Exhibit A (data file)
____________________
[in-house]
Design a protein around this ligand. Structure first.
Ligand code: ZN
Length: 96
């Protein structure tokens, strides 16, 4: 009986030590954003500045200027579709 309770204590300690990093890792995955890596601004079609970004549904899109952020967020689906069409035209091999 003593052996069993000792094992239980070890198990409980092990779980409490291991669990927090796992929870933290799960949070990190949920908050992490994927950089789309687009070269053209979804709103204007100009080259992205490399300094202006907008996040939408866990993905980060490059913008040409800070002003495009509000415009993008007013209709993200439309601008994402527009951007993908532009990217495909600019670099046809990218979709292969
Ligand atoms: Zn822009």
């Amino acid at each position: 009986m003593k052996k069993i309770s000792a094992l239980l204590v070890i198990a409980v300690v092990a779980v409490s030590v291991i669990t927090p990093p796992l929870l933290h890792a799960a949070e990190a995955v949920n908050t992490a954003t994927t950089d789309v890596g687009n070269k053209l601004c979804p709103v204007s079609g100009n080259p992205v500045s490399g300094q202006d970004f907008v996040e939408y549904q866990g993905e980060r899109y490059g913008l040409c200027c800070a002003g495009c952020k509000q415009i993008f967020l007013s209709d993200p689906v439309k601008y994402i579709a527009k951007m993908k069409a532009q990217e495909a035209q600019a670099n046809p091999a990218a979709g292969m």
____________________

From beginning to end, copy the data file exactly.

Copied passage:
[in-house]
Design a protein around this ligand. Structure first.
Ligand code: ZN
Length: 96
């Protein structure tokens, strides 16, 4: 009986030590954003500045200027579709 309770204590300690990093890792995955890596601004079609970004549904899109952020967020689906069409035209091999 003593052996069993000792094992239980070890198990409980092990779980409490291991669990927090796992929870933290799960949070990190949920908050992490994927950089789309687009070269053209979804709103204007100009080259992205490399300094202006907008996040939408866990993905980060490059913008040409800070002003495009509000415009993008007013209709993200439309601008994402527009951007993908532009990217495909600019670099046809990218979709292969
Ligand atoms: Zn822009």
């Amino acid at each position: 009986m003593k052996k069993i309770s000792a094992l239980l204590v070890i198990a409980v300690v092990a779980v409490s030590v291991i669990t927090p990093p796992l929870l933290h890792a799960a949070e990190a995955v949920n908050t992490a954003t994927t950089d789309v890596g687009n070269k053209l601004c979804p709103v204007s079609g100009n080259p992205v500045s490399g300094q202006d970004f907008v996040e939408y549904q866990g993905e980060r899109y490059g913008l040409c200027c800070a002003g495009c952020k509000q415009i993008f967020l007013s209709d993200p689906v439309k601008y994402i579709a527009k951007m993908k069409a532009q990217e495909a035209q600019a670099n046809p091999a990218a979709g292969m």